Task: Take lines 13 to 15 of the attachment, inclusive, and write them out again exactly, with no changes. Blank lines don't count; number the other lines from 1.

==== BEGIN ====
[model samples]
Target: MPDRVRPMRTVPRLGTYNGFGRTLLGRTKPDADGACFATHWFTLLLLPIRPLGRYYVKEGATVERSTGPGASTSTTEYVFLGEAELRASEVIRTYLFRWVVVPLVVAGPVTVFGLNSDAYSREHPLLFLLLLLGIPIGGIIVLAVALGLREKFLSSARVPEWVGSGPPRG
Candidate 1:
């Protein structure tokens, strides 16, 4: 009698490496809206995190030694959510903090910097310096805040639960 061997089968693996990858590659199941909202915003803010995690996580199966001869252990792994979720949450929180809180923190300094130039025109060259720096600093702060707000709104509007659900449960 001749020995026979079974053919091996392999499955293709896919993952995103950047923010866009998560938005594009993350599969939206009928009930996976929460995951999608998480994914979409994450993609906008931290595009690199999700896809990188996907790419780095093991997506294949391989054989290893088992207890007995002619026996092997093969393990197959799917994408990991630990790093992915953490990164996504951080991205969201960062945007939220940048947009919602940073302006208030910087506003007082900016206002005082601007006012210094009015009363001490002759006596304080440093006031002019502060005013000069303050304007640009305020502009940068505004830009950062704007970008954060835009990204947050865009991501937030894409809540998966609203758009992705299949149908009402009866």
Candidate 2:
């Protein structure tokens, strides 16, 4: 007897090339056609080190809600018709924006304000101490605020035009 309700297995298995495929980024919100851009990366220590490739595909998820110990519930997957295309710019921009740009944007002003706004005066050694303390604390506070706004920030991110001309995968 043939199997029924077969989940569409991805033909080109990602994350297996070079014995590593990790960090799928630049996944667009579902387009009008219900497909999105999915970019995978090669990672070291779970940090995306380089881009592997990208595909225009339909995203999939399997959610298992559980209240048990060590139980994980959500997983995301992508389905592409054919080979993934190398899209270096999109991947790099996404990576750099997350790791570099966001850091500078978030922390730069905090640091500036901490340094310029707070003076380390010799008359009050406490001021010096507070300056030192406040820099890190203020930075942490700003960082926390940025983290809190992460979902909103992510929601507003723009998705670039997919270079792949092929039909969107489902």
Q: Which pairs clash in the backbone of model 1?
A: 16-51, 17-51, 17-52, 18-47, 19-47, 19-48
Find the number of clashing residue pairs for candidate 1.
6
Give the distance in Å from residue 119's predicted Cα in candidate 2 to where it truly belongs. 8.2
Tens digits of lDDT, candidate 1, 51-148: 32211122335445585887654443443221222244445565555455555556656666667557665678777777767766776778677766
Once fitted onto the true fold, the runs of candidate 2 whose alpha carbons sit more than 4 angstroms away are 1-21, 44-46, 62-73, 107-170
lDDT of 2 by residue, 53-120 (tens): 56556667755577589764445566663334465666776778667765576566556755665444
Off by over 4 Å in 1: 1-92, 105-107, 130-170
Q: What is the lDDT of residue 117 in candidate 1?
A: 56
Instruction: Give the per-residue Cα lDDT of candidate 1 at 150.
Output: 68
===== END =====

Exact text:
Once fitted onto the true fold, the runs of candidate 2 whose alpha carbons sit more than 4 angstroms away are 1-21, 44-46, 62-73, 107-170
lDDT of 2 by residue, 53-120 (tens): 56556667755577589764445566663334465666776778667765576566556755665444
Off by over 4 Å in 1: 1-92, 105-107, 130-170